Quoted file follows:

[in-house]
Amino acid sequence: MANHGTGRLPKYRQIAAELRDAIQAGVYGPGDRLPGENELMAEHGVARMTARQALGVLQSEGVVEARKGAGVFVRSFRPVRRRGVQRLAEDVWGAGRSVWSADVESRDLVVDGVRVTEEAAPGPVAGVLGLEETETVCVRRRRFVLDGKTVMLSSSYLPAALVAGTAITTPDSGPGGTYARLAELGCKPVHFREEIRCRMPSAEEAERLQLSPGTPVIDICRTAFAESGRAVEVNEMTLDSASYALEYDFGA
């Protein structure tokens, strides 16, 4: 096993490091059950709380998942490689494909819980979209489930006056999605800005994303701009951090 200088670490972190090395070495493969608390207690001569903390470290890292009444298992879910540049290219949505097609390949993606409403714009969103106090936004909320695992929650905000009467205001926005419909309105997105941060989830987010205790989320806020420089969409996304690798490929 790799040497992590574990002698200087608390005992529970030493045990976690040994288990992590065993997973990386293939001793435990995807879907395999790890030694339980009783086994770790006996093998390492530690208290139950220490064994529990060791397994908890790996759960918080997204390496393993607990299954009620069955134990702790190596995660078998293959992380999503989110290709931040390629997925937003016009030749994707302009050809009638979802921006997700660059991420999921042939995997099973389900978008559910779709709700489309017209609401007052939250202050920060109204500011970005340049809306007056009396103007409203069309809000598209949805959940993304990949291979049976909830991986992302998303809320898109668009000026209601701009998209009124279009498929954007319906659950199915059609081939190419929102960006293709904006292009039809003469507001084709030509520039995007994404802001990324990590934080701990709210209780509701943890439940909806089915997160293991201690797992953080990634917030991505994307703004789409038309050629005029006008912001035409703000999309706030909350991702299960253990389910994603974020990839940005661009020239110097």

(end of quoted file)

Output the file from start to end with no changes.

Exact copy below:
[in-house]
Amino acid sequence: MANHGTGRLPKYRQIAAELRDAIQAGVYGPGDRLPGENELMAEHGVARMTARQALGVLQSEGVVEARKGAGVFVRSFRPVRRRGVQRLAEDVWGAGRSVWSADVESRDLVVDGVRVTEEAAPGPVAGVLGLEETETVCVRRRRFVLDGKTVMLSSSYLPAALVAGTAITTPDSGPGGTYARLAELGCKPVHFREEIRCRMPSAEEAERLQLSPGTPVIDICRTAFAESGRAVEVNEMTLDSASYALEYDFGA
């Protein structure tokens, strides 16, 4: 096993490091059950709380998942490689494909819980979209489930006056999605800005994303701009951090 200088670490972190090395070495493969608390207690001569903390470290890292009444298992879910540049290219949505097609390949993606409403714009969103106090936004909320695992929650905000009467205001926005419909309105997105941060989830987010205790989320806020420089969409996304690798490929 790799040497992590574990002698200087608390005992529970030493045990976690040994288990992590065993997973990386293939001793435990995807879907395999790890030694339980009783086994770790006996093998390492530690208290139950220490064994529990060791397994908890790996759960918080997204390496393993607990299954009620069955134990702790190596995660078998293959992380999503989110290709931040390629997925937003016009030749994707302009050809009638979802921006997700660059991420999921042939995997099973389900978008559910779709709700489309017209609401007052939250202050920060109204500011970005340049809306007056009396103007409203069309809000598209949805959940993304990949291979049976909830991986992302998303809320898109668009000026209601701009998209009124279009498929954007319906659950199915059609081939190419929102960006293709904006292009039809003469507001084709030509520039995007994404802001990324990590934080701990709210209780509701943890439940909806089915997160293991201690797992953080990634917030991505994307703004789409038309050629005029006008912001035409703000999309706030909350991702299960253990389910994603974020990839940005661009020239110097």